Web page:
Drudge had a link today titled “More women waiting until 50 to have children…”. The article it points to is from myfoxny.com, titled 51 and pregnant:
Tracey Kahn is a successful publicist. She is single, lives in a beautiful apartment in Manhattan, has a 2-year-old daughter, and is pregnant with [sic] again. She is 51.
And Kahn is not alone. A growing number of women [sic] putting off motherhood until middle age, especially in New York City, where younger women are career driven and put off growing a family.
Between 1997 in 2008 there was a fourfold increase in the number of women [sic] born to moms over 50 in the United States.
We’ve been through this before, but I decided to take a new look at the data since a few years have passed. The Fox article doesn’t cite the source for the fourfold increase claim, but either way the essential fact they are leaving out is how incredibly rare it is for women over 50 to give birth. It may well be a fourfold increase, but the actual numbers are so small as to be meaningless from a societal perspective.
I can’t find data specifically for women 50 and over, but the 2012 Statistical Abstract of the United States lists the number of births to women age 45 to 54 in Table 80 (PDF, xls). Here is the age distribution of births in 2008, the most recent year data is available for:
Note the minuscule bar to the far right. That is what all of the fuss is about. Actually that isn’t even it, since it includes women 45 to 49 as well. This lead me to see if I could tease out the difference by looking for years where births to mothers 45-49 and births to mothers 45-54 are both available. By comparing the difference for known years, we can get a sense of how many of the most recent births are to women 50 and over.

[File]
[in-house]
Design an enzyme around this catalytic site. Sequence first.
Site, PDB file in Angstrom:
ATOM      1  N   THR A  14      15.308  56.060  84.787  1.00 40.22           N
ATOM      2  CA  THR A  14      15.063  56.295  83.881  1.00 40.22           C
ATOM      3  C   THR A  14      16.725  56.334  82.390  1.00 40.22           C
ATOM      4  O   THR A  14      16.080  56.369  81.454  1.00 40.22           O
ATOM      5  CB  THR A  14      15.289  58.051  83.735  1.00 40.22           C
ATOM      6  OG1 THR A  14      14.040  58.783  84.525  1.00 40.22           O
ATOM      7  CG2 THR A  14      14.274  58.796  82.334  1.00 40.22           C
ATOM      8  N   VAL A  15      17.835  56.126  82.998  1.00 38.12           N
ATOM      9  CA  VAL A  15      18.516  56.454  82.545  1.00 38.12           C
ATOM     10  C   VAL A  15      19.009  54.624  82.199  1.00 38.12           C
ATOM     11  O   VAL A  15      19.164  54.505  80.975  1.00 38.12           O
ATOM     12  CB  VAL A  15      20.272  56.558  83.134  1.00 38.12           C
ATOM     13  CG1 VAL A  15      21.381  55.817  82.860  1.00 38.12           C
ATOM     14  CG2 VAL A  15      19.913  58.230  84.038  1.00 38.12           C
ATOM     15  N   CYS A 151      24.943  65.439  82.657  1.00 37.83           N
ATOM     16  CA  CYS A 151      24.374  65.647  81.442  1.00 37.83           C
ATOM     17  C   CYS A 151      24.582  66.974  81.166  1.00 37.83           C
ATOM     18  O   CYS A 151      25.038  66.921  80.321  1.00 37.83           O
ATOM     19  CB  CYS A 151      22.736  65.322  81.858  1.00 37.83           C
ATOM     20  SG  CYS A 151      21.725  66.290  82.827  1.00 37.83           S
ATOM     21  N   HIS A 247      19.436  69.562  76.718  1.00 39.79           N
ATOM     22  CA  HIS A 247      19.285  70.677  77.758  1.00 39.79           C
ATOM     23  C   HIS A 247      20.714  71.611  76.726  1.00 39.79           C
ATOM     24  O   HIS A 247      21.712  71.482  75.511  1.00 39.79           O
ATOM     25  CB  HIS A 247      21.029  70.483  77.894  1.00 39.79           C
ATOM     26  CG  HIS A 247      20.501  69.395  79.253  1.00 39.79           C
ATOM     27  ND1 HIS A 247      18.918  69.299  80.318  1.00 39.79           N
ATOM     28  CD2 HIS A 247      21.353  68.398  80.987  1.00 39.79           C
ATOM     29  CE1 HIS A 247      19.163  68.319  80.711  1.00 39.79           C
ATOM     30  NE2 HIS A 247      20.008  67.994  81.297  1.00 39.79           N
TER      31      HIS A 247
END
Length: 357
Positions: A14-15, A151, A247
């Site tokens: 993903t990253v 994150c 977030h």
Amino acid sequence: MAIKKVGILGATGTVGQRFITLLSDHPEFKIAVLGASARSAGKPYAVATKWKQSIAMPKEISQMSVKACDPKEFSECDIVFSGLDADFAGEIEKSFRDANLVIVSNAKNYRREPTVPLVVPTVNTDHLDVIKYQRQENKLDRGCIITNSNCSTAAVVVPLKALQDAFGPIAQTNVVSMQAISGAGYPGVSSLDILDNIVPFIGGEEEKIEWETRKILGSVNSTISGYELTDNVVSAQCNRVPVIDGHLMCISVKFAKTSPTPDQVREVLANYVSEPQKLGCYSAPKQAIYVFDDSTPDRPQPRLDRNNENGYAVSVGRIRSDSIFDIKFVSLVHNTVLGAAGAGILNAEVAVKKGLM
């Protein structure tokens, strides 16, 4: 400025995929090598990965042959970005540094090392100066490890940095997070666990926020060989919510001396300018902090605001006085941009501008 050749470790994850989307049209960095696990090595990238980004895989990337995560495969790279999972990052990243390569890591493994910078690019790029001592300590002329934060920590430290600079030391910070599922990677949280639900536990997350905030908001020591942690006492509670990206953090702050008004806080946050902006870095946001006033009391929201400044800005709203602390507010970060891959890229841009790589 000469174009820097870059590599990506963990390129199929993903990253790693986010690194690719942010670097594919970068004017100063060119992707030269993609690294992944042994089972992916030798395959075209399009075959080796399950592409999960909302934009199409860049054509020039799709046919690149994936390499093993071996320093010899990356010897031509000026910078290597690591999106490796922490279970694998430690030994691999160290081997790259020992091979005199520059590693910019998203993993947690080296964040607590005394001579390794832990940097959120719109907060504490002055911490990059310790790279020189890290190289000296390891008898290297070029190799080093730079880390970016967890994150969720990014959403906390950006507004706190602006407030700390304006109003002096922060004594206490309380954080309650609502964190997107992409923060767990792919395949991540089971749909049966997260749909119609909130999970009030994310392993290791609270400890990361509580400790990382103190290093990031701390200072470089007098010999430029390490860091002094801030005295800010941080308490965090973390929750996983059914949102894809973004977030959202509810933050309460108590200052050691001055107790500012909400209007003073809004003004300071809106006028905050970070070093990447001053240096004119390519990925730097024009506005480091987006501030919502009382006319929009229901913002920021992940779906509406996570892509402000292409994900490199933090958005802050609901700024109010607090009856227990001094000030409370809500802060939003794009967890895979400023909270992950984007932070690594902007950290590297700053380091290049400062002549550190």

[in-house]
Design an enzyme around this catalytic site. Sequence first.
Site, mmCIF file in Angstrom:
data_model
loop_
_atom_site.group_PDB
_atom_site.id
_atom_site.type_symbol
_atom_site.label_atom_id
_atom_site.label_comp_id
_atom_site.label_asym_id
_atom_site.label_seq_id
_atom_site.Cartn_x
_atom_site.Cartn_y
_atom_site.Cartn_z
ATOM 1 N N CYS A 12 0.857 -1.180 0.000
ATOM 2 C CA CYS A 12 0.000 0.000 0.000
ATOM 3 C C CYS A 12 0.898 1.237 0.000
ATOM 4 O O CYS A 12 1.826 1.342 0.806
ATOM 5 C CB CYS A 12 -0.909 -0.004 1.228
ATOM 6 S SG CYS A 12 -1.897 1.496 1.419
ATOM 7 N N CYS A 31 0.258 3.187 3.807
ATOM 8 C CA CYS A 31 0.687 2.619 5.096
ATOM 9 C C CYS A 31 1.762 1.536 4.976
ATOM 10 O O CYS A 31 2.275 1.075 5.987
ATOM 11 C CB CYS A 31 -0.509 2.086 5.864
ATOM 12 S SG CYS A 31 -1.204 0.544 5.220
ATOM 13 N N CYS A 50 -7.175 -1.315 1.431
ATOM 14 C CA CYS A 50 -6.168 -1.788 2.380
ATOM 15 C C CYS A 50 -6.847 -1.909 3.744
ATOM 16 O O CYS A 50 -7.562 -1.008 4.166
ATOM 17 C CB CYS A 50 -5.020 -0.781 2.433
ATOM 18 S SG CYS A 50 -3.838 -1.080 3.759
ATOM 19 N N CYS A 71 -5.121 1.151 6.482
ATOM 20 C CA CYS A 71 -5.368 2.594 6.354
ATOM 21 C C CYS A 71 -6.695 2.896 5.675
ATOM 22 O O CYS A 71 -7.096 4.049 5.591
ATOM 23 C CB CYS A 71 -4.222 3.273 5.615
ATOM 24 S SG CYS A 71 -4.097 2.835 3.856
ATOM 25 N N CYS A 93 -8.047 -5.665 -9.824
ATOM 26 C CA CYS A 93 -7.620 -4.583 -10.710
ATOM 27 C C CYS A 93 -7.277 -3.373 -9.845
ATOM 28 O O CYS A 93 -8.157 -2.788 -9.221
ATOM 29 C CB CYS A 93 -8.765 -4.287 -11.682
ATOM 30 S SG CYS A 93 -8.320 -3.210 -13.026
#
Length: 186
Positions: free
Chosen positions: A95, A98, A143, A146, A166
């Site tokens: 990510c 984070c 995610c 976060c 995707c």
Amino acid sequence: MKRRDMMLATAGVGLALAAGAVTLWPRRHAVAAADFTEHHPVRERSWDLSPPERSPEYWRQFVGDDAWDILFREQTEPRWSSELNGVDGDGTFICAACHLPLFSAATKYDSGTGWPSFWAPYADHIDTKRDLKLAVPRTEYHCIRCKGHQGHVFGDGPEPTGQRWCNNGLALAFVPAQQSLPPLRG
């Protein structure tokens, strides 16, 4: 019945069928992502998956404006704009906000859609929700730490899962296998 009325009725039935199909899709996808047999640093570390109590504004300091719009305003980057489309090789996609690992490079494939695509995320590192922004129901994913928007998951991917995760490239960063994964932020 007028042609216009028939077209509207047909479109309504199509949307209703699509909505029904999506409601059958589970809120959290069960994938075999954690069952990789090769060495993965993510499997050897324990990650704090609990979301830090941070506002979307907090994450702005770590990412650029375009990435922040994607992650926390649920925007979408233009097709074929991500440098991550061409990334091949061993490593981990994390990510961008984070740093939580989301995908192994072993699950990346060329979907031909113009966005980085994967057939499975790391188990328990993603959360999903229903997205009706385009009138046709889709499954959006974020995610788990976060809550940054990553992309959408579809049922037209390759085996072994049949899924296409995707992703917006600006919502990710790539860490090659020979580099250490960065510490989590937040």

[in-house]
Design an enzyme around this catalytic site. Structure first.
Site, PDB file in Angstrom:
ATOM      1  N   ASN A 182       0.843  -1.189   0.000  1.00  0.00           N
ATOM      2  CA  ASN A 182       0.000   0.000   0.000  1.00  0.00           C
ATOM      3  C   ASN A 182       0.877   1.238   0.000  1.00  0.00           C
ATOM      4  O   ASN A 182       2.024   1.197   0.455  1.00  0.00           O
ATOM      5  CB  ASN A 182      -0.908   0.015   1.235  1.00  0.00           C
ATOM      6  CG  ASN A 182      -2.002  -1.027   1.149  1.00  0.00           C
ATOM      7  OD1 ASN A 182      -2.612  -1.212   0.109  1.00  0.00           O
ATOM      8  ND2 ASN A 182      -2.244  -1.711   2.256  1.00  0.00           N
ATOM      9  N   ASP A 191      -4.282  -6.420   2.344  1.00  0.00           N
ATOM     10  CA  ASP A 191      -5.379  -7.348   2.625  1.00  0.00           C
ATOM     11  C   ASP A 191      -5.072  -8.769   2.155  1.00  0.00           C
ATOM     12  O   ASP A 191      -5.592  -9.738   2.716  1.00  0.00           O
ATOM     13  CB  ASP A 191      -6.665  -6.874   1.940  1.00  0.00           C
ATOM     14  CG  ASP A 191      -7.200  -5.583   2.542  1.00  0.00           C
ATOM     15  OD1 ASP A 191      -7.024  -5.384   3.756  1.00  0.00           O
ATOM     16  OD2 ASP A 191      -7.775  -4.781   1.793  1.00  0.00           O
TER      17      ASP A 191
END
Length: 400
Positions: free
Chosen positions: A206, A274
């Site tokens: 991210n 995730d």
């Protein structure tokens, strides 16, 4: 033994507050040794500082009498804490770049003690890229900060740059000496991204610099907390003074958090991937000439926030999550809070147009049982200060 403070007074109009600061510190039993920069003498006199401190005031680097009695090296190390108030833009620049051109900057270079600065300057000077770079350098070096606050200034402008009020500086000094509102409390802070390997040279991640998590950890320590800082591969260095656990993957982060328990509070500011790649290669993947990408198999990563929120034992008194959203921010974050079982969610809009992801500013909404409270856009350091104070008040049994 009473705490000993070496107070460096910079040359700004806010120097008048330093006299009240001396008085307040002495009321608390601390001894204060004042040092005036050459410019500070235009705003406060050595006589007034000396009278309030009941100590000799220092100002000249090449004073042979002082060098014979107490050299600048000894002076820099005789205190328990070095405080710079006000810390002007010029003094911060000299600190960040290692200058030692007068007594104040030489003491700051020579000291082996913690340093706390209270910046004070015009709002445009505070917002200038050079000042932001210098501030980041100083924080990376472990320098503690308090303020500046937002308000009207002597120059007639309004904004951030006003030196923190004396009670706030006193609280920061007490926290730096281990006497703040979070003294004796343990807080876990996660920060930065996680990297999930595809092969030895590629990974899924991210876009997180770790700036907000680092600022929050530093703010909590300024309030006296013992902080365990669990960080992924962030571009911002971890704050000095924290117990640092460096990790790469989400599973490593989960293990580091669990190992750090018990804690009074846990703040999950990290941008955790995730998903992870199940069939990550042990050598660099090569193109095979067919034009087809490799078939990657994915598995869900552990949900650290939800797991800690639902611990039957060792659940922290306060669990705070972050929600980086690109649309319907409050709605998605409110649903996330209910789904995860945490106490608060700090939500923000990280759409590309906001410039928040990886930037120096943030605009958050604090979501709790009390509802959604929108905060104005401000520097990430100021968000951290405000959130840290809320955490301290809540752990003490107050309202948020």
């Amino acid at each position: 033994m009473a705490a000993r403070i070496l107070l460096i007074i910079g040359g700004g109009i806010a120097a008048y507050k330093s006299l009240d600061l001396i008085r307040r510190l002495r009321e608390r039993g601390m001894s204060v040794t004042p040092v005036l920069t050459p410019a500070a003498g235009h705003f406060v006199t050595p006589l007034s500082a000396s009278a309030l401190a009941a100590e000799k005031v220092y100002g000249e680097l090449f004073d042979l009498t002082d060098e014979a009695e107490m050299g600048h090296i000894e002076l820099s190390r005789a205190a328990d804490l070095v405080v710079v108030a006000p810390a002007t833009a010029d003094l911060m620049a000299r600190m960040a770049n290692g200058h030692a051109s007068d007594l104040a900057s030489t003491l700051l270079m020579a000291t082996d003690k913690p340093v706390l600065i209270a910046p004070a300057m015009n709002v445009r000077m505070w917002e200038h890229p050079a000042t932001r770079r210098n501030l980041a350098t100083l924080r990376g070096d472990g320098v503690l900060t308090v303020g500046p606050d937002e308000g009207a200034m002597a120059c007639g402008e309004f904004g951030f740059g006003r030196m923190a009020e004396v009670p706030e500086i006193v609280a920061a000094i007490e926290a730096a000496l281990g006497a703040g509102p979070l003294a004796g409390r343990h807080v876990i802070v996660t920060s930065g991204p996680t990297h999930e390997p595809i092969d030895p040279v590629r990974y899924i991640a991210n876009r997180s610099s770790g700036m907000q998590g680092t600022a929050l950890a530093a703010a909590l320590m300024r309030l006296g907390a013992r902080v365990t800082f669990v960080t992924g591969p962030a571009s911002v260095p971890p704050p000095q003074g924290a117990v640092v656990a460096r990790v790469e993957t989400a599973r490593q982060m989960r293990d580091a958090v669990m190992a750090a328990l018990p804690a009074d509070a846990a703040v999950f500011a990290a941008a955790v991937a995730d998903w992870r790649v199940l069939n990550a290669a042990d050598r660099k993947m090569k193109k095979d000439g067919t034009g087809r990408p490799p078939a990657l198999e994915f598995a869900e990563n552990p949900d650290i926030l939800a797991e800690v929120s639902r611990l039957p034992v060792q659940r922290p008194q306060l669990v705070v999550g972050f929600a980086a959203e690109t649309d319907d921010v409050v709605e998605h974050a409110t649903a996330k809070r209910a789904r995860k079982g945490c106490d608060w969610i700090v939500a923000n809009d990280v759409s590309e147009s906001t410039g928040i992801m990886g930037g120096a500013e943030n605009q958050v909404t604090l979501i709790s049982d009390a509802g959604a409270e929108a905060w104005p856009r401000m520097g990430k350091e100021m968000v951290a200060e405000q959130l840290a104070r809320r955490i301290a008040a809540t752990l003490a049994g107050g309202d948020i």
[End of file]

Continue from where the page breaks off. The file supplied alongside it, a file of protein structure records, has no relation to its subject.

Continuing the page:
Fortunately, the 2010 Statistical Abstract presents the data for 45-49 year old mothers, and the 2012 Statistical Abstract presents it for the larger bracket. Here is the data for the oldest age bracket in the respective reports in one table:
Note that while there isn’t 2008 data for 45-49, the 45-54 values for 2006-2008 are constant. Also note that there is no reported difference between births to women 45-49 and births to women in the larger bracket. Whatever the fourfold increased value is for births to women 50 and older, it isn’t enough to round up to the next 1,000 in any of the years we have both figures for. This means we are talking about fewer than 1,000 births in any given year. The 45-54 bar on the graph above is a minuscule sliver, and births to women 50 and over are a too small to register sliver of that sliver. While we may have gone from 25 to 100, or perhaps from 200 to 800 births to women over 50 between 1997 and 2008, this isn’t the kind sweeping change the news story no doubt left its readers thinking has occurred. Births to women over 50 remain extremely uncommon, despite feminist propaganda to the contrary.
See also: Charts on delayed motherhood.